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Photograph by Tom Chargin

Cutting Loose: Ann Duquesnay (left) belts out a number as Alberta Hunter with Louis Armstrong (Janice Lorraine).

A Roiling Boiling Life of the Blues

San Jose Rep lights up the life of Alberta Hunter in 'Cookin' at the Cookery'

By Marianne Messina

'LET ME SING how I feel," is Alberta Hunter's war cry in Marion J. Caffey's theatrical representation of her life, Cookin' at the Cookery. The strong forward thrust of that feisty, inexhaustible blues singer's life dominates all other elements of the current production at San Jose Rep. Though the show clearly wants to celebrate the blues, even the blues takes a back seat to the power of character Hunter evinced as she shifted careers from music to nursing and then returned to the music in her 80s. For one thing, the live four-piece jazz ensemble, visible at the back of the stage through the whole show, features only skeletal elements of the important musical evolution Hunter witnessed and sang through, choosing instead to throw the focus always on Hunter.

Thanks to Caffey's clever scripting, you get the sense that Hunter was at least two people and probably many more. The two actresses who play the young (Janice Lorraine) and the elderly (Ann Duquesnay) Hunter also play Hunter's mother (Duquesnay) and a host of other characters (Lorraine). As "Narrator" (more like storyteller, enacting characters and providing sound effects into the bargain), Lorraine and her winsome shape-shifting drew repeated applause at the show I attended.

She plays everyone from a tottering old promoter to a homely ("She looked like a horse with a hat on") pickpocket. Built like a sprite with a taut face, Lorraine even manages a convincing obese man ("Big Harry") by spreading her arms, taking wide swinging steps and mashing her chiseled jaw into her neck until she gets what distinctly suggests a double chin. And Lorraine's impression of Louis Armstrong (including trumpet parts) singing a duet with Ann Duquesnay's Hunter "stopped the show." (When she was first told, "You're stopping the show," Hunter explained to the audience, "as green as I was, I thought I did something wrong.")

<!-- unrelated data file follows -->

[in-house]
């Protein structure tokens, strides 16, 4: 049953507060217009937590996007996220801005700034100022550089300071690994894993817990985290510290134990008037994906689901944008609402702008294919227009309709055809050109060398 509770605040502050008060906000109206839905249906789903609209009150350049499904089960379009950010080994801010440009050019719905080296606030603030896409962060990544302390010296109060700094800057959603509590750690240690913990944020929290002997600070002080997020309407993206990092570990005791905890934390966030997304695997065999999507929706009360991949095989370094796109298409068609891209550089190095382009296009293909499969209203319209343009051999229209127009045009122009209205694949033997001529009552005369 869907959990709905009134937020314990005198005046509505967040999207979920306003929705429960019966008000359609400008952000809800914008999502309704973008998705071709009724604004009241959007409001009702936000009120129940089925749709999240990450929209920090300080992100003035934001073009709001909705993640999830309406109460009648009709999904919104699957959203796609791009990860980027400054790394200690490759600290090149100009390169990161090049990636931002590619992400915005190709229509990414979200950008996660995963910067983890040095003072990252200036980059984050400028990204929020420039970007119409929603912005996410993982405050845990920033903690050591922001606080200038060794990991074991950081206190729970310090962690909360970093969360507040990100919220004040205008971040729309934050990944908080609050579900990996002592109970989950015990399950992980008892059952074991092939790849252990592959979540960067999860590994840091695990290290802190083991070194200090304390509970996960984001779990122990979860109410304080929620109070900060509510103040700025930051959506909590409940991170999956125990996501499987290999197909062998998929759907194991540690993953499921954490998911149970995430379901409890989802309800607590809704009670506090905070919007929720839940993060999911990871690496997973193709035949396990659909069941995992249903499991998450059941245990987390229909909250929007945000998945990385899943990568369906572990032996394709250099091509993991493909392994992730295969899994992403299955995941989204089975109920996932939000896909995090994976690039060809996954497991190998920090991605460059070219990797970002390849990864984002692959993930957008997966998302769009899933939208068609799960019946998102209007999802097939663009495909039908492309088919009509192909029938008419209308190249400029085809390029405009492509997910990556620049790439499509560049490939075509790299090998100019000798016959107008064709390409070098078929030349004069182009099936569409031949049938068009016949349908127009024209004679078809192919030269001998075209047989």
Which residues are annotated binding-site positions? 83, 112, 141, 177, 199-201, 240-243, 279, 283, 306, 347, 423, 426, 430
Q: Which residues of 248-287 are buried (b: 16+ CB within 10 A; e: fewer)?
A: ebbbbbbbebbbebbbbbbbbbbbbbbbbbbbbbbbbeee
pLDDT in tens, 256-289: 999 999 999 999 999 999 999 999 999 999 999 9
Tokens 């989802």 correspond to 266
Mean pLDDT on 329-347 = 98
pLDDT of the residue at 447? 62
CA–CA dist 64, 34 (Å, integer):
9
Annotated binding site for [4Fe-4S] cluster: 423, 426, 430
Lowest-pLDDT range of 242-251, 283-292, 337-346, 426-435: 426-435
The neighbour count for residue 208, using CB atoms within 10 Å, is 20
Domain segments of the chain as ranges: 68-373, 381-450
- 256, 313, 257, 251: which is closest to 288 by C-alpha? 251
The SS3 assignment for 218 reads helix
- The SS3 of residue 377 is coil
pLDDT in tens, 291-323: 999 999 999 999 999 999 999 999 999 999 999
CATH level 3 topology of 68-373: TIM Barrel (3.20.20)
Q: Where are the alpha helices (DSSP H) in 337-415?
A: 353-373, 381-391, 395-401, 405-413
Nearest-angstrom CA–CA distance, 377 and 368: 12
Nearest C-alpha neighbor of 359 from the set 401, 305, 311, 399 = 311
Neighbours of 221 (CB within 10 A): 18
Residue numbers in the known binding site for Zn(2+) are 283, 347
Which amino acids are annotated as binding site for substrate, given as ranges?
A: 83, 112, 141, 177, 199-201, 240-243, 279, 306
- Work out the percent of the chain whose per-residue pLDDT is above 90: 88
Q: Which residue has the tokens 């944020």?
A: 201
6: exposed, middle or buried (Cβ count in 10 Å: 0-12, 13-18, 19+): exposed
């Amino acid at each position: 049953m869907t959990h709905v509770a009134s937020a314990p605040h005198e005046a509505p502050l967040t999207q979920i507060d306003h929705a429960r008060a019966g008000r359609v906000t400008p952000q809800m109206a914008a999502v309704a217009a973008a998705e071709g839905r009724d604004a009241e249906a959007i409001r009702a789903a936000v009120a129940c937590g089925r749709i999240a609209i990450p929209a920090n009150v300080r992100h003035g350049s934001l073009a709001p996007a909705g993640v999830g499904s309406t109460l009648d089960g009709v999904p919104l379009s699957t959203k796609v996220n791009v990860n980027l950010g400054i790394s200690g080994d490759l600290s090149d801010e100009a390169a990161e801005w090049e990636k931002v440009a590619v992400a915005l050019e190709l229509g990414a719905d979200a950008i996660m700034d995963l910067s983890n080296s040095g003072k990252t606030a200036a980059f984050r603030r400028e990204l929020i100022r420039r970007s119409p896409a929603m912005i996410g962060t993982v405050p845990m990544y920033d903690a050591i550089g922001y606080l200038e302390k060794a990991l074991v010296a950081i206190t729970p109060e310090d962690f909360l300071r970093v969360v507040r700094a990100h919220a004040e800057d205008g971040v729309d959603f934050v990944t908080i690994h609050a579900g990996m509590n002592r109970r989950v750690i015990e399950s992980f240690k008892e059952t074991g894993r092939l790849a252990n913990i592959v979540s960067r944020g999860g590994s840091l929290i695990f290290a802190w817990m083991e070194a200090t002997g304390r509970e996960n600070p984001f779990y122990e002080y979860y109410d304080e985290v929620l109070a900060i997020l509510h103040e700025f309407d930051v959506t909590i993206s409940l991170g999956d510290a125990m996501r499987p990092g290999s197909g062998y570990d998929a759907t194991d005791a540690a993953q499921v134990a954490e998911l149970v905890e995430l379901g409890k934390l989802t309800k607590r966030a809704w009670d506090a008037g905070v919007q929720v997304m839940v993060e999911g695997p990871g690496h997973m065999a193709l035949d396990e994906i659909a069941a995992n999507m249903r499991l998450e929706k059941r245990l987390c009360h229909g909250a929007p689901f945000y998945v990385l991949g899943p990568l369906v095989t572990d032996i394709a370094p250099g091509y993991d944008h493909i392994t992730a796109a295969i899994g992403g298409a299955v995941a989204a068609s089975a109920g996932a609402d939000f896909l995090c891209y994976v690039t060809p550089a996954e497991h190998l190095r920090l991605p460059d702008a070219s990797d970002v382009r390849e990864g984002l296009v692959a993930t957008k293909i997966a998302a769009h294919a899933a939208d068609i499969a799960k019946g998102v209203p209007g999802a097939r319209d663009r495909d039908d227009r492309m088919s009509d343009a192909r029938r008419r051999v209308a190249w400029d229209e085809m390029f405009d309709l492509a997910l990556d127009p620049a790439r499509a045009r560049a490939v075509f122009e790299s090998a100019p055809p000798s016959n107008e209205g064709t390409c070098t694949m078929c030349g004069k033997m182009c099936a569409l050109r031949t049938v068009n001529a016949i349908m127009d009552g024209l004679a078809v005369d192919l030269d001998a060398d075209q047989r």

By having two actresses play Hunter, and having these Hunters merge into and out of all the characters in her life, Caffey extends Hunter's personality and aura by montage. At times, there are even two Hunters onstage at the same time, as in the scene in Korea during a USO tour just after Hunter was notified that her mother had died. In this scene, elderly Hunter and 1950's Hunter blame and shout at each other for not calling home and checking on Momma.

Duquesnay's command of the Hunter character comes to a head in the final scene at the Cookery (a three-week comeback show Hunter performed in New York City in 1977), beginning when she sings the old Eubie Blake/Andy Razaf tune "My Handy Man Ain't Handy No More." Singling out her "handyman" from the real audience (the Rep had traded its optional seating space for cabaret-style tables), Duquesnay captures the frisky exuberance of the 82-year-old blues singer with winks, shifting hips and bawdy hand gestures ("Sometimes he's up way before dawn"--insert pole finger here). From racy humor, she makes a swift modulation to a bittersweet ending as Hunter/Duquesnay tells the audience, "Don't be too busy to call home," and belts out Hunter's own song, "The Love I Have for You," dedicated to her mother.

Though Cookin' may skate over some of the complexities of Hunter's long life (assigning about a 10-second quip to her closeted lesbianism, for example), a little lost depth is forgivable when the focus on Hunter's energy is so contagious.


Cookin' at the Cookery, a San Jose Repertory Theatre production, plays Tuesday-Friday at 8pm, Saturday at 3 and 8pm and Sunday at 2 and 7pm through Aug. 3 at 101 Paseo de San Antonio, San Jose. Tickets are $26-$66. (408.367.7255)


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From the July 17-23, 2003 issue of Metro, Silicon Valley's Weekly Newspaper.

Copyright © Metro Publishing Inc. Metroactive is affiliated with the Boulevards Network.

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